What you can legally do when you're 18

Updated April 17, 2017

In the U.S., turning 18 means becoming a legal adult with new and different rights, responsibilities and privileges from those of minors. If you are 18, you can register to vote, sign contracts and join the military without parental consent, along with many other changes. Some laws about what you can and cannot do at 18 vary state by state, while others are consistent throughout all, or nearly all, states.


The age for becoming an adult--and legally being able to do many things--has fluctuated over the years. In the past, turning 21 was considered the legal time for gaining the rights of an adult. Over the last 4 decades, federal and state laws have changed the age for certain rights--and then, in recent years, changed back again. The legal age for voting, signing contracts, marrying, buying tobacco products and alcohol, registering for the draft and other issues has varied over the years.

Voting Rights

Although the legal age to vote was once 21, in 1970 it was lowered to 18. It was argued that if a person could be drafted at 18, he should have the right to vote on elected officials. Today, if you are a citizen of the United States, you have the right to register to vote and cast a ballot in all federal, state and local elections when you turn 18.


Once you turn 18, you can legally marry in nearly all states without the consent of your parents. As of 2009, you still must obtain parental consent in Nebraska if you are under the age of 19, and if you are under the age of 21 in Mississippi. In certain states, you may be able to legally marry at a younger age, but only with parental consent.

Selective Service

If you are male, not only are you allowed to join the armed forces at 18 without parental consent, you are required to register for Selective Service. Established in 1917, ended in 1975, then reinstated in 1980, Selective Service registration ensures the ability to draft men between the ages of 18 and 25. Any male citizen of the U.S. must register with Selective Service within 30 days of his 18th birthday.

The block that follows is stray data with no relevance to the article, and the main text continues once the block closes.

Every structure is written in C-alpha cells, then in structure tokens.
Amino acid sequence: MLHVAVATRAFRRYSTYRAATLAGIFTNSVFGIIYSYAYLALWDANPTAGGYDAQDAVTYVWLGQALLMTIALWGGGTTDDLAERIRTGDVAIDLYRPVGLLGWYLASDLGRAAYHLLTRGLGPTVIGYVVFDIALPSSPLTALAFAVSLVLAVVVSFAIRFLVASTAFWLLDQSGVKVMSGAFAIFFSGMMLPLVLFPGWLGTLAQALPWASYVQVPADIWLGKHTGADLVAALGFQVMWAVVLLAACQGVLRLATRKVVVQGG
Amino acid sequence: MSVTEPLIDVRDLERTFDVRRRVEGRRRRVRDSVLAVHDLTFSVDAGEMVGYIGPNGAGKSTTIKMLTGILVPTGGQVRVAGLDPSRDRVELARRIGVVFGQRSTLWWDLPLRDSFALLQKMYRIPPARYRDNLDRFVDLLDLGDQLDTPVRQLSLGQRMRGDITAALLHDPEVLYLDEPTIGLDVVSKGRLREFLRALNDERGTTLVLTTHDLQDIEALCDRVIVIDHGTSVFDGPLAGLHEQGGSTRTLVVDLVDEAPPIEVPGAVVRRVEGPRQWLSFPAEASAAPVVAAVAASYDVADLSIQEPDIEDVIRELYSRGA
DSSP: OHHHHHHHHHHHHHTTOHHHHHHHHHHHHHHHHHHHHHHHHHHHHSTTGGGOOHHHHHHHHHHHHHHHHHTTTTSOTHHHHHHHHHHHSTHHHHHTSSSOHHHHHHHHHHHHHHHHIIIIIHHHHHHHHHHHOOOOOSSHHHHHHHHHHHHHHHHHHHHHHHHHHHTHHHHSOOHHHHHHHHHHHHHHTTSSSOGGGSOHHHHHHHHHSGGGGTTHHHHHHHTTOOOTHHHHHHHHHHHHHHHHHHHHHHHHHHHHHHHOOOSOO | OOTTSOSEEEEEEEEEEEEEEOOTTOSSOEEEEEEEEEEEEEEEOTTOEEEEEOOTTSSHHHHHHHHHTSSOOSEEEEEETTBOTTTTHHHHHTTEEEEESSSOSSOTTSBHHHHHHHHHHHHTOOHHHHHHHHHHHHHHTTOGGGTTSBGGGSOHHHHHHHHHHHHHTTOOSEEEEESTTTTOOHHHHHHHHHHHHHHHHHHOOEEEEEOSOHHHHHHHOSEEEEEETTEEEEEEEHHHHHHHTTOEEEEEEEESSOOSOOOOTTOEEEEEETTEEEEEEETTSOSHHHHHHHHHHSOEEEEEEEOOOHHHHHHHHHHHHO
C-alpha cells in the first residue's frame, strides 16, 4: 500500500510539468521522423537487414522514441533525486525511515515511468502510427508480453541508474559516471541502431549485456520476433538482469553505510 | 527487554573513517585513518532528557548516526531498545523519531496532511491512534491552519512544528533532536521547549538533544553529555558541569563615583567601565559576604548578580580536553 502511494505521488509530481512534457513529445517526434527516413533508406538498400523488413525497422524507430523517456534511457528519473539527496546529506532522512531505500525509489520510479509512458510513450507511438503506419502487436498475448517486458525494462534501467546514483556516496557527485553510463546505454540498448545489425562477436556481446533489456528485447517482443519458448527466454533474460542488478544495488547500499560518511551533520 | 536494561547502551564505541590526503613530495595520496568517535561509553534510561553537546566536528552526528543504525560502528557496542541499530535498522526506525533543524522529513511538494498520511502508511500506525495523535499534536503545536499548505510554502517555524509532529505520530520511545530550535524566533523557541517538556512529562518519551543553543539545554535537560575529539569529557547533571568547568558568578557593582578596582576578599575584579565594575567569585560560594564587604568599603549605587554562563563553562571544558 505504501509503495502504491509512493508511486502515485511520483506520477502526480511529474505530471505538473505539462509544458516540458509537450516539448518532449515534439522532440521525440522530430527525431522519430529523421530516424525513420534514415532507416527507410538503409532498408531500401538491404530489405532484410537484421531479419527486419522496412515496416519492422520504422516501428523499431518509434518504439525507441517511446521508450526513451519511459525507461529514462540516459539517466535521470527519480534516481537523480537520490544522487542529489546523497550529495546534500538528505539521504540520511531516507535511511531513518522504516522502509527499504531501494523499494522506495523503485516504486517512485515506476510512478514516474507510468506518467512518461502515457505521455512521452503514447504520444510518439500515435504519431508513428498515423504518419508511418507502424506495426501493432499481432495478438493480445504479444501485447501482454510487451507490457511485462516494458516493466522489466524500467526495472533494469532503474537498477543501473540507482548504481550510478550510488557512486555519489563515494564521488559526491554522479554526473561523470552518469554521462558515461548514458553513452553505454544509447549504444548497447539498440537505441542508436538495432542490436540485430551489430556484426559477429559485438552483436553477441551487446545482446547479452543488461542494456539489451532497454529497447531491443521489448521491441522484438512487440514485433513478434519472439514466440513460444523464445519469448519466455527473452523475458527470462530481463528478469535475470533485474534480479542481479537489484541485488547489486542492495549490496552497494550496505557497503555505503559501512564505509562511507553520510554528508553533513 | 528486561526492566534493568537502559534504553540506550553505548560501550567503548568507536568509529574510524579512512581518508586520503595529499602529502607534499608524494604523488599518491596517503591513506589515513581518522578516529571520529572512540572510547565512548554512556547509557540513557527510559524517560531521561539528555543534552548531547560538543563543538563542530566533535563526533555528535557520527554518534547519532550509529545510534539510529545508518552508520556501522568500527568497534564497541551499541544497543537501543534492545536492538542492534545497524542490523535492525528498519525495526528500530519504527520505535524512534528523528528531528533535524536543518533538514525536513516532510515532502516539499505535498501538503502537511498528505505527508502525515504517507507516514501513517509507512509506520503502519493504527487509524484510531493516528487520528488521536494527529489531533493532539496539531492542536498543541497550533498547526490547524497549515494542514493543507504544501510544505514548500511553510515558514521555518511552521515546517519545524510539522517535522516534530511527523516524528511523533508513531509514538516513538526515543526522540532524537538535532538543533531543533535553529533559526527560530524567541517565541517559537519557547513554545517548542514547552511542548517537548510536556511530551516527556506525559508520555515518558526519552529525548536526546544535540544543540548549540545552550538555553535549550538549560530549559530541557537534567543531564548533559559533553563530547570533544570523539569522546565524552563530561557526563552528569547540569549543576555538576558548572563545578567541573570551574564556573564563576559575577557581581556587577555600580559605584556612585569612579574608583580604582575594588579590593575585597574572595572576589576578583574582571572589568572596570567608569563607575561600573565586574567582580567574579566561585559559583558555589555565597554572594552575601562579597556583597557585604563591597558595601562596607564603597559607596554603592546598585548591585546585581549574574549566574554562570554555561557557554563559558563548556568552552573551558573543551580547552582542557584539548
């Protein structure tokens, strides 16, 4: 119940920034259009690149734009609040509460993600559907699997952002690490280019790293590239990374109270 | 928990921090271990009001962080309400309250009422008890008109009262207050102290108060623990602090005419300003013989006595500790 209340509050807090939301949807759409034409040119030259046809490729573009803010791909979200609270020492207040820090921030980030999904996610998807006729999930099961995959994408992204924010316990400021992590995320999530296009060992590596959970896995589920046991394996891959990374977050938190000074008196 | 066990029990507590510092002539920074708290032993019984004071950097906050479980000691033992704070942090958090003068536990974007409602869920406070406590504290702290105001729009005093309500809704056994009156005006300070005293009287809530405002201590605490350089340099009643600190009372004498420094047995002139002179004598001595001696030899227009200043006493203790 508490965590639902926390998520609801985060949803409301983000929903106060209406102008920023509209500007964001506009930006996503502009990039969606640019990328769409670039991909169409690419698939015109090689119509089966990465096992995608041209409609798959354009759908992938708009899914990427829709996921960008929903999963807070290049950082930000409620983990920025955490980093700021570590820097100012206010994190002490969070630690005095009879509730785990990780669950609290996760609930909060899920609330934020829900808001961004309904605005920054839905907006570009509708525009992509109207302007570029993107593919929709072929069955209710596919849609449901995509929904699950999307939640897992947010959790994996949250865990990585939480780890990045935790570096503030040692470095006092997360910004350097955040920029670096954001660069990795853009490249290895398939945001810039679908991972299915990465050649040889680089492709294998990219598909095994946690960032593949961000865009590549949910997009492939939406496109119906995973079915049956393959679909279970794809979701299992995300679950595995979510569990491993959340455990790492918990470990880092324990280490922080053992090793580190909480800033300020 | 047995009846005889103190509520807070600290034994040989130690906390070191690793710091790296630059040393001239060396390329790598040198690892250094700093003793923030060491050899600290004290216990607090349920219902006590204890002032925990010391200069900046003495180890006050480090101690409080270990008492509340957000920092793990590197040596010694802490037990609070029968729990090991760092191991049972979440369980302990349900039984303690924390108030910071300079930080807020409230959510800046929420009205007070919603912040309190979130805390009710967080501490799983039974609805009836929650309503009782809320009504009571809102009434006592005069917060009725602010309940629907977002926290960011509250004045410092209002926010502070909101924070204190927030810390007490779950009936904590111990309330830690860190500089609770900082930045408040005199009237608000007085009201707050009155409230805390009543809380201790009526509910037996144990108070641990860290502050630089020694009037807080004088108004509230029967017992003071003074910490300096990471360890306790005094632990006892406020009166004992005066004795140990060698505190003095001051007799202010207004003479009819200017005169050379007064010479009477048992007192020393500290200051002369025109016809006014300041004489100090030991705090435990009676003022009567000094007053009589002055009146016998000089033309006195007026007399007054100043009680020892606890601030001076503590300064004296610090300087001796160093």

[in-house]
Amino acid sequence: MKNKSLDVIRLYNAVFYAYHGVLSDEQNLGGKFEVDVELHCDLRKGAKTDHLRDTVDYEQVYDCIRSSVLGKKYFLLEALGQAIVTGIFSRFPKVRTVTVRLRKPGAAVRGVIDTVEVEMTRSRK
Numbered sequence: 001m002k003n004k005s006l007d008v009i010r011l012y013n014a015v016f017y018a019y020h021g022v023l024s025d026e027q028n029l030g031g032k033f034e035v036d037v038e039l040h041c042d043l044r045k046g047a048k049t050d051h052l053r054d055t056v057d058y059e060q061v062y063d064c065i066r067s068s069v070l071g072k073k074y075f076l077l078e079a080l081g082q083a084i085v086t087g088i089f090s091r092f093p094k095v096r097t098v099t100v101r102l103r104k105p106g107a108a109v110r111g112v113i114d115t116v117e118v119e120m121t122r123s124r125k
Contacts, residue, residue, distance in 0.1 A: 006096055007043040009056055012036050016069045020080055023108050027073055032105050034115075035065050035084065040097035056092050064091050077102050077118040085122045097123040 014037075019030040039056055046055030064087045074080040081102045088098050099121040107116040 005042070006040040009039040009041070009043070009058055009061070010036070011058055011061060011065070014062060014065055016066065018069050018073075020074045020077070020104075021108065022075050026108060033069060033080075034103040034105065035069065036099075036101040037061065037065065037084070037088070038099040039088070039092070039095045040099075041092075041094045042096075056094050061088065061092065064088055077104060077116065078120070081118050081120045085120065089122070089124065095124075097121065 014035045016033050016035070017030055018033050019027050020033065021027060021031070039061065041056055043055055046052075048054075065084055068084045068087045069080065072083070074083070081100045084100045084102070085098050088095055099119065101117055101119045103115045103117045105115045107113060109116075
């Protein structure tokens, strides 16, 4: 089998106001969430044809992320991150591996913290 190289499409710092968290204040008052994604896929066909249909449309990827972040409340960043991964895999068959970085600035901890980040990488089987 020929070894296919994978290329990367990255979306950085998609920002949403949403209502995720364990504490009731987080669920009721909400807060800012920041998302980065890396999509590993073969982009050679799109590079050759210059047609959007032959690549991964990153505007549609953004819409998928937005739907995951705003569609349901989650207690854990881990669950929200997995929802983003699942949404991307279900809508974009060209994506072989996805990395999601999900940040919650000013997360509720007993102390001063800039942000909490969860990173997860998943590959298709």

Contracts, Work and Business

At 18, you can legally sign contracts and other legal documents, do not need "working papers" or other permits required of minors, can work full-time and can start a 401k (retirement) plan. You can open a current account, get a credit card or ATM card, own a car, get insurance and buy or lease an apartment or house. You can sue someone or be sued.

Tobacco and Alcohol

In most states, you can buy tobacco products at 18, though there is a recent movement to raise the legal age to buy cigarettes and other tobacco products to 19 in certain states. At 18, you cannot legally drink alcohol in the U.S. Though the legal drinking age has gone up and down over the years, in 1984, the Uniform Drinking Age Act raised the drinking age to 21 in all 50 states. In some states, when you turn 18, you can serve alcohol at work (though not in all states, and there may be conditions).

Other Legal Rights

When you turn 18, you can receive medical care, donate blood and get tattoos and piercings without parental consent or permission. You can also buy lottery tickets in most states, gamble in casinos in some states, change your name, buy adult video games or go to an X-rated movie, buy a rifle or shotgun, move out of your parents' house and be responsible for yourself. By turning 18, you are believed to have the maturity and judgment to make important decisions on your own.

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About the Author

A former newspaper columnist and college writing instructor, Cameron Banks is the award-winning author of numerous non-fiction books for adults and young people, web and print feature articles, and essays. Banks attended Northwestern University and lives with her family in southern California.